Cloning and sequencing of ATP sulfurylase from Penicillium chrysogenum. Identification of a likely allosteric domain.

Section of Molecular and Cellular Biology, University of California, Davis 95616.
Journal of Biological Chemistry (Impact Factor: 4.6). 09/1994; 269(31):19777-86.
Source: PubMed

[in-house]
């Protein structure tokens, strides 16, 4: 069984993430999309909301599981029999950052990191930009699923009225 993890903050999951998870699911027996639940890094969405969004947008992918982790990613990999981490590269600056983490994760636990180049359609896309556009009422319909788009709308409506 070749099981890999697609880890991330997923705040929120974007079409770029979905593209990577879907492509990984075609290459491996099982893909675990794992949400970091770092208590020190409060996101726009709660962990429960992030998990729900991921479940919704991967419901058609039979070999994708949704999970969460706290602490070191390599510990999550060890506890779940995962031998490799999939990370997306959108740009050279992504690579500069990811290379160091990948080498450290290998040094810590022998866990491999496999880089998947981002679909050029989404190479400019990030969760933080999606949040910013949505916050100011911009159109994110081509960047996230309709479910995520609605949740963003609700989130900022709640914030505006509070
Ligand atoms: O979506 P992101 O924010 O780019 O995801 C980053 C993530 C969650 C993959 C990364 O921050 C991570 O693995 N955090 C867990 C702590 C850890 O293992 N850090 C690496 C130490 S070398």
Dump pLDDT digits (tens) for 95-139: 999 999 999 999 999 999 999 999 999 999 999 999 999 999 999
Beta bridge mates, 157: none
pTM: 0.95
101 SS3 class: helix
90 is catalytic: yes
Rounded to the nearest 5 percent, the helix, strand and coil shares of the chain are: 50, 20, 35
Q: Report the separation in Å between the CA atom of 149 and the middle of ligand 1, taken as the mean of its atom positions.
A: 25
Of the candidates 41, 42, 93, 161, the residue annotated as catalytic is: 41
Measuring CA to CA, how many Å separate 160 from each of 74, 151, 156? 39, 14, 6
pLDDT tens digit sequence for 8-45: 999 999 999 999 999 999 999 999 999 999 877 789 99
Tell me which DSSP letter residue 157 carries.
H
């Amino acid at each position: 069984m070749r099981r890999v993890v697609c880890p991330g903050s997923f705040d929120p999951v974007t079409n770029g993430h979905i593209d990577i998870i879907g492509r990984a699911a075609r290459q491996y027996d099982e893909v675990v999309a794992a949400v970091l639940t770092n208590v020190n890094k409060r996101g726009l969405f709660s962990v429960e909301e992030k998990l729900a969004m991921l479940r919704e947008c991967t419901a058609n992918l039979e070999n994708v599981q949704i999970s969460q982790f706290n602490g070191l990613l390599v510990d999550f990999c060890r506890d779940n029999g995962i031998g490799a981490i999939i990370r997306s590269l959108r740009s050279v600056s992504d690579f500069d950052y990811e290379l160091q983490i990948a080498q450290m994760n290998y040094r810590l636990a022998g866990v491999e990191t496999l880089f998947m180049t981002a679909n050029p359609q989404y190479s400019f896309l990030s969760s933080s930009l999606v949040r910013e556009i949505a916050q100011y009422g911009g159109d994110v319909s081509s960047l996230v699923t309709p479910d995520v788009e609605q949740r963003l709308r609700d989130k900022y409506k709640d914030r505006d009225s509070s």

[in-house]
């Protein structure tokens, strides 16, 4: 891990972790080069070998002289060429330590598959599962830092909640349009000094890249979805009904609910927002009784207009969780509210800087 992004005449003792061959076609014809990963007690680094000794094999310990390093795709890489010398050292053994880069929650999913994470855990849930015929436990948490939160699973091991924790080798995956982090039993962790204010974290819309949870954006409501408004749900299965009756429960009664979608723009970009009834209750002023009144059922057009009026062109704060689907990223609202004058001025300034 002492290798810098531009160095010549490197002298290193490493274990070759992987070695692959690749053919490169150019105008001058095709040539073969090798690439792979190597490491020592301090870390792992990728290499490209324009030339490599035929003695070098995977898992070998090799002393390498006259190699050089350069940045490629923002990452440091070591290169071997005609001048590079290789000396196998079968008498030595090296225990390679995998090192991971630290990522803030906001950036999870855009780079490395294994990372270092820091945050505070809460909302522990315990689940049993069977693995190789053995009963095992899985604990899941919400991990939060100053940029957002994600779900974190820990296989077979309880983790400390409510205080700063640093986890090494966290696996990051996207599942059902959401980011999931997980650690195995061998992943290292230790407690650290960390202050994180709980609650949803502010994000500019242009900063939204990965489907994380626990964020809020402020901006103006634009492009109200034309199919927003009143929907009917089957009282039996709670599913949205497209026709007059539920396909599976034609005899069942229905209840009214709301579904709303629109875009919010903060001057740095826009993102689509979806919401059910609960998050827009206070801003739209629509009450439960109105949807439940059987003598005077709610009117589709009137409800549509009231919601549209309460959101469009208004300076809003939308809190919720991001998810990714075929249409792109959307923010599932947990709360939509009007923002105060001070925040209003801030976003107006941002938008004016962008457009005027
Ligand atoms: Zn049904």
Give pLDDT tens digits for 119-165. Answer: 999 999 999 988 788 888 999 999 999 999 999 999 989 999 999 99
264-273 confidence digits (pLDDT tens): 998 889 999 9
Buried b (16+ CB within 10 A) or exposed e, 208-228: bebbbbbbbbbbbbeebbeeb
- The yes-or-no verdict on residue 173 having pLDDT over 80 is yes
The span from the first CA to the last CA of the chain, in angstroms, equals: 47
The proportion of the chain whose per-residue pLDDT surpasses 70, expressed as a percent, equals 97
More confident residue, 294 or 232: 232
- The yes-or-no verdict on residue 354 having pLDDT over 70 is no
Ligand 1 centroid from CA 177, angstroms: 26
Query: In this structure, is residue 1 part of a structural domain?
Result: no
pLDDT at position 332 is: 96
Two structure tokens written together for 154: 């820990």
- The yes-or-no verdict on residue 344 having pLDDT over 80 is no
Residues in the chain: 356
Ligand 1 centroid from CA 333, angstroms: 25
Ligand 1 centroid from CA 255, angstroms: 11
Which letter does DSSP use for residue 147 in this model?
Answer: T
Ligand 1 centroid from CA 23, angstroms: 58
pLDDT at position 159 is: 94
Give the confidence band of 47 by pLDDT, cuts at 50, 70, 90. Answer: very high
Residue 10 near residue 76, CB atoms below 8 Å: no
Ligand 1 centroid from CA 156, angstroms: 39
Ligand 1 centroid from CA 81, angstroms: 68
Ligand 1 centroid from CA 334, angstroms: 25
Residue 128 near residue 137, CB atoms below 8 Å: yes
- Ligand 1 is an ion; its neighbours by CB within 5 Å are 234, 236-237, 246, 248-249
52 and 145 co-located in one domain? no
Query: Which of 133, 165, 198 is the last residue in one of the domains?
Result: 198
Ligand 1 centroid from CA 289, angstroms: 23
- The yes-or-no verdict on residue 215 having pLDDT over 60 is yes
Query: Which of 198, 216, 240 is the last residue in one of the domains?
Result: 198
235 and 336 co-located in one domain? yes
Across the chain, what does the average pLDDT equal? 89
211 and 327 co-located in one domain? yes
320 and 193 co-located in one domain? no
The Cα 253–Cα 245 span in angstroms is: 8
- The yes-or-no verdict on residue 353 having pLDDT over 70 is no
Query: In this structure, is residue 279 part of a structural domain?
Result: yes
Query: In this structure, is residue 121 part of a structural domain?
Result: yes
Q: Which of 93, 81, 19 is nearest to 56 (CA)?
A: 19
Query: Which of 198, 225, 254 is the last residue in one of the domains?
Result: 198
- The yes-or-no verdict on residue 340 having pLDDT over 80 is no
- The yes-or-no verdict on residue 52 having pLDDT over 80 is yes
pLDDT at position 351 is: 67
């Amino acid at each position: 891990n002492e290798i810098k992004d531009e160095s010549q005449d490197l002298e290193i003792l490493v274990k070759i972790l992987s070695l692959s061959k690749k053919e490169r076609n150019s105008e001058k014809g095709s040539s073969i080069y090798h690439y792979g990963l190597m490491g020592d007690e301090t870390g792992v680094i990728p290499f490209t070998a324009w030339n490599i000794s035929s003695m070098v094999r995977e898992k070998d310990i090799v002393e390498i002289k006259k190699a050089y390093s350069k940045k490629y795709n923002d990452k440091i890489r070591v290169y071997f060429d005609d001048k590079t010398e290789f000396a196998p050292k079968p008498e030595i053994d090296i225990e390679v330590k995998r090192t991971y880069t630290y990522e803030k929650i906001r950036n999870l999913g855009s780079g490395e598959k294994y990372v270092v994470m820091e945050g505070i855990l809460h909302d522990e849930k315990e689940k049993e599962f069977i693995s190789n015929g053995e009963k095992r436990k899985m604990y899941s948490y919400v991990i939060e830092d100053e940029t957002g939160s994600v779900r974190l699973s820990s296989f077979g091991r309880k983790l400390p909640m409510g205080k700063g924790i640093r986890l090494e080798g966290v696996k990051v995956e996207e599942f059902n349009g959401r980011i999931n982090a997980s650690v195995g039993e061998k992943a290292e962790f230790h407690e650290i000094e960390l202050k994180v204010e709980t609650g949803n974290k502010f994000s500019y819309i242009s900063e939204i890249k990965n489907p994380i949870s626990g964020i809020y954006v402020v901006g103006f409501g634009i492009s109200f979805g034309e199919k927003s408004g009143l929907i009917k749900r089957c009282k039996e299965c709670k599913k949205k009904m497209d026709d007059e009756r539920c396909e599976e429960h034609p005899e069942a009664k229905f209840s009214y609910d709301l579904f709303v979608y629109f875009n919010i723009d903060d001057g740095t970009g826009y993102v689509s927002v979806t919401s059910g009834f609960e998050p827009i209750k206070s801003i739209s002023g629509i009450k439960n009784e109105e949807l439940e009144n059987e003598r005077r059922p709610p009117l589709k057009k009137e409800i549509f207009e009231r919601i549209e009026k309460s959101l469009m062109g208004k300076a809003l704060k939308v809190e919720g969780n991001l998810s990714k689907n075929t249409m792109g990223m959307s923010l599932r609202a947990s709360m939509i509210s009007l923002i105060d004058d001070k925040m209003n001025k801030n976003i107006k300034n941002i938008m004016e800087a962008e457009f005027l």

ABSTRACT Fungal (Penicillium chrysogenum) and yeast (Saccharomyces cerevisiae) ATP sulfurylases were shown to have very similar kinetic and chemical properties except that the fungal enzyme (a) contains a highly reactive Cys residue (SH-1) whose modification results in sigmoidal velocity curves (Renosto, F., Martin, R. L., and Segel, I. H. (1987) J. Biol. Chem. 262, 16279-16288) and (b) is allosterically inhibited by 3'-phosphoadenosine 5'-phosphosulfate (PAPS), while the yeast enzyme displays neither of these properties. The fungal enzyme subunit (64.3 kDa, 572 amino acids) is also larger than the yeast enzyme subunit (59.3 kDa, 521 amino acids). To correlate the unique allosteric properties of the fungal enzyme with specific structural features, we cloned and sequenced the ATP sulfurylase gene (aps) from P. chrysogenum. The yeast and fungal enzymes are homologous over the first 400 amino acids and contain two regions high in basic residues which are conserved in sulfurylases from Arabidopsis and the Riftia pachyptila (hydrothermal vent tube worm) chemolithotrophic symbiont. These regions may participate in forming the binding sites for MgATP2- and SO4(2-). The fungal enzyme has no sites for MgATP2- and SO4(2-). The fungal enzyme has no significant sequence homology to the yeast enzyme in the C-terminal 172 amino acids. This C-terminal region contains SH-1 (Cys-508) and has homology to MET14 (S. cerevisiae), CYSC (E. coli), and NODQ (Rhizobium meliloti), i.e. adenosine 5'-phosphosulfate (APS) kinase. The cumulative results suggest that (a) the allosteric PAPS binding site of P. chrysogenum ATP sulfurylase is located in the C-terminal domain of the protein and (b) that this domain may have evolved from APS kinase. In spite of the homology, this C-terminal region does not account for the APS kinase activity of P. chrysogenum. Fungal ATP sulfurylase has no significant homology to (or regulatory properties in common with) CYSD or CYSN, proteins reported to comprise E. coli ATP sulfurylase (Leyh, T., Vogt, T. F., and Suo, Y. (1992) J. Biol. Chem. 267, 10405-10410).

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